ADing Johnnny Got His Gun
It was a warm Thursday evening in late March and I had managed to steal a few rare moments to go and enjoy a pint with my brother by the river in a beer garden in sunny Cambridgeshire. We sat down and started chatting when I looked at my phone and saw that David Mercatali was ringing. David is someone whom I have a great deal of respect for and have developed a good relationship with since working with him on Black Jesus at the Finborough Theatre in October of last year. “Hello mate, David here. Listen, I am looking for an AD for Johnny Got His Gun at the Southwark this year and wondered if you would be interested?” Interested? Of course I was. I had obviously heard that David was doing it and furthermore, the First World War is a particular area of interest of mine. After finishing my attachment at the Finborough as the Resident Assistant Director, I had said ‘no more assisting’ but the prospect of working with David again on a show like this was something I couldn’t turn down. After reading it, I knew I had to do it.
What I found particularly striking about the piece was that Johnny’s case was not uncommon. There were vast advances in medical science during The First World War; ‘quality of life’ was barely even a concept at this time and instead it was purely about keeping people alive. Injured soldiers became the guinea pigs to medical science as surgeons tried and sampled new techniques. But what constitutes being ‘alive’? Breathing? Sure. But there is a difference between that and living. What happens to a man when he is completely withdrawn from the world around him? A man with no limbs or senses, except for the feeling of the skin on his forehead, is left only with his thoughts. And from these thoughts we see Joe ‘live’ as best as he can. He recalls some wonderful, happy memories and equally some much darker ones too from his time on the Front Lines. The most interesting aspect of this for me is that even though Joe is physically incapacitated, his mind is as active and vivid as it has ever been. I find this both comforting and disconcerting in equal measures. And so Joe must go on a voyage of discovery to find a way to connect with the world around him.
The play is one of the strongest anti-war pieces I have ever read. Joe went to war in August of 1918, aged 20. By the September he was a quadruple amputee with no face. The play ends in the December of 1918 - nobody has even told him the war has ended. How could they when they are unable to communicate with him? America was not a superpower before the First World War as it is now. They had just fought the Mexican War of Independence, which concluded in 1898, and were left with no money and few resources. They had only two ships, no air force and an army of a little over 100,000. It was not in their interest to enter the war in Europe. However, after the sinking of the Lusitania in 1915, pressure was being put on the American government to intervene (some even wanted to go to war against Britain due to the way they had treated the Irish at the Easter Uprising at the GPO in Dublin in 1916). But after British intelligence intercepted a telegram from Germany to Mexico, in which they promised to distribute more territory to them if they joined them in the war, the Americans had no choice but to join forces with Britain and France. America, however, had not learnt the lessons which other nations had at the start of the war. Their tactics were outdated and they were naive in many respects to trench warfare. As a result, the Americans suffered heavy losses and only really won the war through sheer attrition. By the time of the Spring Offensive in 1918, 10,000 American troops were landing in France every day and they were arriving quicker than the Germans could replenish their losses. And so, we begin to gain a better understanding of Joe. As a 20 year old man, he would have been rushed through training to get to war and probably would have had very little interest or idea as to why he was fighting. To have your life ripped apart in one short month, the question begs: was it all worth it? And indeed, Joe questions the meaning of the term ‘liberty’ in the play. The sad fact is that Joe was just one of hundreds of thousands of soldiers who were silenced either through injury or death. One of many who never got to tell their story. “What would the dead guys say?” asks Joe at the end of the play. It is an interesting question.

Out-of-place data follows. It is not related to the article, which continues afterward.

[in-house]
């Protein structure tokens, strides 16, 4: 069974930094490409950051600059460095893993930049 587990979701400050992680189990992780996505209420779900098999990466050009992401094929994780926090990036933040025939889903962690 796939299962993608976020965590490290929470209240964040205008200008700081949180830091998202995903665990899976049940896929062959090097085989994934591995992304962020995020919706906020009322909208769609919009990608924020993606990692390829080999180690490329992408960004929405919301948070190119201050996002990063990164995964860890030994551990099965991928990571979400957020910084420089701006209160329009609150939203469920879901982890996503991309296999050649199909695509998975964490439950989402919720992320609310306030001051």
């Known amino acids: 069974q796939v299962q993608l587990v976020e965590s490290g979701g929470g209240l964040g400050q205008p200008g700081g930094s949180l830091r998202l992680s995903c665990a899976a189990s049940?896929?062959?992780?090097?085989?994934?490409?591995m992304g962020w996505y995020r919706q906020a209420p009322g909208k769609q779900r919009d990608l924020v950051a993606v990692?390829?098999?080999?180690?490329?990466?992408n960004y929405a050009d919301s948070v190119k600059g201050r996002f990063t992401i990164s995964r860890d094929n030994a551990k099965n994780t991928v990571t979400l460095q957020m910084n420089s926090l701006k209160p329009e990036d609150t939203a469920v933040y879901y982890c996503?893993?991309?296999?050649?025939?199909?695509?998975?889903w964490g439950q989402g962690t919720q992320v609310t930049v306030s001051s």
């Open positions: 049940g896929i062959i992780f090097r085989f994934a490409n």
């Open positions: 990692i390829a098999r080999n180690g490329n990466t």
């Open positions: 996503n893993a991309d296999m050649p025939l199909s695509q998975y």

The process has been one of the most focussed I have been involved in and I think that stems from the sense of responsibility we all feel to do not just Joe, but the many other soldiers who suffered a similar fate, justice. With regards to the storytelling, we must work to identify three different ‘states’: Joe’s thoughts, Joe’s memories and the live moments in his hospital bed. Obviously, these are physicalised in different ways but it is ultimately about points of focus, different intentions and being active in every moment. David’s main note is always ‘feel it, let it come to you, be there’. The truth comes from honouring each moment. Furthermore, it makes the performance much more fluid, natural and engaging to watch. I have also run exercises where Jack Holden is completely covered from head-to-toe and left only with his thoughts as we try to simulate Joe’s situation as best as we can. It is scary how accurate Donald Trumbo and Bradley Rand-Smith are in their exploration of the natural progression of thoughts.
As we near opening night, I am tremendously excited about showing it to the public. Jack is producing a phenomenal performance under the talented and focussed guidance of David Mercatali and it is a pleasure to work with these two tremendously talented gentlemen and an honour to be a part of this project. Producing work like this is not only meed and right, but a bounden duty.